Forex trading is similar to buying and selling other types of securities, like stocks. The main difference is that Forex trading is done in pairs, such as EUR/USD (euro/U.S. dollar) or JPY/GBP (Japanese yen/British pound). When you make a Forex trade, you sell one currency and buy another. You profit if the currency you buy moves up against the currency you sold.
For example, let’s say the exchange rate between the euro and the U.S. dollar is 1.40 to 1. If you buy 1,000 euros, you would pay $1,400 U.S. dollars. If the currency rate later moves to 1.50 to 1, you can sell those euros for $1,500, generating a profit of $100.
Leverage is commonly used in the Forex trading market. Leverage allows traders to purchase a multiple of their original investments. For example, some Forex traders will employ leverage of 20:1. This means they can buy $20,000 of foreign currencies for just $1,000, with the brokerage firm lending them the remaining funds. Some firms might allow leverage of up to 500:1.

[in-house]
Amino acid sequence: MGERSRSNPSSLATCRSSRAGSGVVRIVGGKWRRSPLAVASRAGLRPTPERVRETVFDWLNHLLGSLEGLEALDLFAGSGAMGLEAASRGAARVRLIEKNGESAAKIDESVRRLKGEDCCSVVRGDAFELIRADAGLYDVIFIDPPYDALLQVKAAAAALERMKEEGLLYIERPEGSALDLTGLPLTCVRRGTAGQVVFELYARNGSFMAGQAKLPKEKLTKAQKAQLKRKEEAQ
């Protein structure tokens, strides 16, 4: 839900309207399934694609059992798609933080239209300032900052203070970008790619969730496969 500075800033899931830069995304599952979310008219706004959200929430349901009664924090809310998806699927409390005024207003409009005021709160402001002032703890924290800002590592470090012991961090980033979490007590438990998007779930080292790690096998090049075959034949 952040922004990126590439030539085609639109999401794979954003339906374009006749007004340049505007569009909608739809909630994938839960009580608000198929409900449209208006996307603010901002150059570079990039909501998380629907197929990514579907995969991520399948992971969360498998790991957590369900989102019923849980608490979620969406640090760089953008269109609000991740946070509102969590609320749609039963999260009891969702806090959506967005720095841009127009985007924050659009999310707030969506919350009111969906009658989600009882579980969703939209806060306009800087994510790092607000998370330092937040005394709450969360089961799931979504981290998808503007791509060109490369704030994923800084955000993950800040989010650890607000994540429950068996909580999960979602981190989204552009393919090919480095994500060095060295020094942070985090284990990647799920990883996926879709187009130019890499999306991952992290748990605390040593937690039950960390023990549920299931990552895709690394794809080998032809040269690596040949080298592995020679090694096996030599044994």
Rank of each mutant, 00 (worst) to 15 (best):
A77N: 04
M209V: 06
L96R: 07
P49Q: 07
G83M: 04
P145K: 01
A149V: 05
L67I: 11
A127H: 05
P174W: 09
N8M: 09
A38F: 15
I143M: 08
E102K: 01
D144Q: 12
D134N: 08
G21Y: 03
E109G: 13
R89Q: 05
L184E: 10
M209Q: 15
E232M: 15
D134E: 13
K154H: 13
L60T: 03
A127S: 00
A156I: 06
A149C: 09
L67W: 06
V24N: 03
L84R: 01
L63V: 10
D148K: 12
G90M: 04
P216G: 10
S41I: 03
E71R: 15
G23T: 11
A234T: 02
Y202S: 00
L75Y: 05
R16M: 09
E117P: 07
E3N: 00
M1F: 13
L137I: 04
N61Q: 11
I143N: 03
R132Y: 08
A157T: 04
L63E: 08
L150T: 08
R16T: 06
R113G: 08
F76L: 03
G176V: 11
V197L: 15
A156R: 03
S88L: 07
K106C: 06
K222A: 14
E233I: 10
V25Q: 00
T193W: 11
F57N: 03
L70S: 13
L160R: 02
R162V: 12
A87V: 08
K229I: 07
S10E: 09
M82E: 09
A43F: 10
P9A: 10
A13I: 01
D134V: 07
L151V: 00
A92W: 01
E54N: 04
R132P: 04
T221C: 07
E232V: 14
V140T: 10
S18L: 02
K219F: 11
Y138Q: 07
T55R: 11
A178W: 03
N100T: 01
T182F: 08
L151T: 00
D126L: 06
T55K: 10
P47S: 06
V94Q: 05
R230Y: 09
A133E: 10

Leverage in any investment, including the Forex market, amplifies both gains and losses. For example, if you buy $20,000 in currency and it moves up 10 percent, you’ll have a $2,000 gain. If you used 20:1 leverage and only invested $1,000, that amounts to a 200 percent gain.
Of course, leverage works both ways. Using the same 20:1 leverage example, if your $20,000 moved down 10 percent, to $18,000, you’d not only lose your entire $1,000 investment, but you’d also have to pay off your loan to the brokerage firm.
The foreign exchange market offers the potential to profit off moves in the Forex rate. Through the use of leverage, moves in currency markets can be amplified. Forex trading is often best left to speculators and professional traders.